If your doctor made a mistake when diagnosing or treating you, causing complications in the process, you may have grounds for legal action. In the state of Florida, patients who have been wronged are entitled to sue their health care providers for damages.

Since there are a number of restrictions when it comes to filing the actual suit, though, it’s wise to turn to a seasoned professional for guidance. A knowledgeable attorney will explain all the local laws and regulations that could impact the outcome of your case, starting with the statute of limitations.

Medical Malpractice

Often referred to as the filing deadline, the statute of limitations prohibits plaintiffs from taking those who have wronged them to court after a certain amount of time has passed. This protects defendants from having to challenge claims regarding incidents that happened so long ago they couldn’t possibly remember all the details. It also motivates plaintiffs to take action while all the most valuable evidence is still readily available.

Regarding claims involving medical malpractice, the clock generally starts ticking the moment the mistake occurs. The state recognizes, however, that medical errors aren’t always apparent right away, so there is some flexibility on this front. If the provider’s negligence wasn’t immediately obvious, the clock will start ticking when the complications were discovered or should have been discovered through reasonable diligence.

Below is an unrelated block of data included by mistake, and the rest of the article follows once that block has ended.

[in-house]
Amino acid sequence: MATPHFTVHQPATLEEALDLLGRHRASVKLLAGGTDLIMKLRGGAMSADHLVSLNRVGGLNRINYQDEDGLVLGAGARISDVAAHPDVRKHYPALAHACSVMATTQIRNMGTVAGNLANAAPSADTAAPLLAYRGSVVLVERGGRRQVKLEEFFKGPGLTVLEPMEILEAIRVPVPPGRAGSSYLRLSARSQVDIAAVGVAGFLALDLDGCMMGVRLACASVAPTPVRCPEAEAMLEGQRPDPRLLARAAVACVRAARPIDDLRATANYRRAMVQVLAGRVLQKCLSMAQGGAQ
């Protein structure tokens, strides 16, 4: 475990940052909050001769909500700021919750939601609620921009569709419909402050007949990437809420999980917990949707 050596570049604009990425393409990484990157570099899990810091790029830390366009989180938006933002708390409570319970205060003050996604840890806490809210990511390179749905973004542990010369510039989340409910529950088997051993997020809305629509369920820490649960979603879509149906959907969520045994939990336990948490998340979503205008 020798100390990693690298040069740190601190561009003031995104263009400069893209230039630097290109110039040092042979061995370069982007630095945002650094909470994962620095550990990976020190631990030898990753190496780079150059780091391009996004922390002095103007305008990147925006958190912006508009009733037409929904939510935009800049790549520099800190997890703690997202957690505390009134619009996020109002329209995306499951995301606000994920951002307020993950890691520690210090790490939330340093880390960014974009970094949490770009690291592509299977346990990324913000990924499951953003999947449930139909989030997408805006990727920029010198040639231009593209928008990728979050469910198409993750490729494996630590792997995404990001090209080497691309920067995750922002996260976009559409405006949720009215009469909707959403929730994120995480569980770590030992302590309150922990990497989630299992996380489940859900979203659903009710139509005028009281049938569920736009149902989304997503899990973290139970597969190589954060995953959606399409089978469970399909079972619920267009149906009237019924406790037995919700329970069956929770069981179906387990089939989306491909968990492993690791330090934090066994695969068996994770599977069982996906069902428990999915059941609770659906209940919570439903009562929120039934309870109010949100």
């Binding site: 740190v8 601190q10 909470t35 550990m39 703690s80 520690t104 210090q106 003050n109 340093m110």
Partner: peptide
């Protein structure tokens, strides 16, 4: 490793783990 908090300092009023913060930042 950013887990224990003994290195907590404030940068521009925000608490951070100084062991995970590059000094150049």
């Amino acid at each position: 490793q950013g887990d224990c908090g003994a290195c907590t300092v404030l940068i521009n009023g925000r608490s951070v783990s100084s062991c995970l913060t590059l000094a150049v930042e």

As for the actual deadline, it’s usually two years. That means you likely have two years from when you initially suspected your doctor made a mistake to file a formal lawsuit.

It’s important to note that Florida also has a statute of repose. When the cause of action is not obvious as soon as it occurs—and, therefore, the clock doesn’t start ticking right away—the statute of repose limits how much time the injured party has to proceed in total regardless of when it does become apparent.

When it comes to medical malpractice suits, for example, patients are usually prohibited from taking action more than four years after the incident occurred, even if it took three years or more to recognize that their physician made an error. Should you attempt to bring your case after the applicable deadline has passed, the judge will dismiss it, leaving you with no financial recourse.

Since there are a number of exceptions to these statutes—the four-year deadline doesn’t apply to suits involving children under 8, for example—it’s advisable to call an attorney as soon as possible. They can determine precisely how much time you have to proceed, so you don’t lose the chance to pursue the compensation you deserve.

Discuss Your Case with a Medical Malpractice Lawyer in Tampa

At Capaz Law Firm, P.A., we’re not afraid to go up against even the most powerful medical institutions or their insurers. If you suffered complications because of a negligent doctor, let our compassionate team help you take the steps needed to hold them accountable. Call 813-551-3907 or fill out our Contact Form to schedule your free, no obligation consultation with a medical malpractice attorney in Tampa.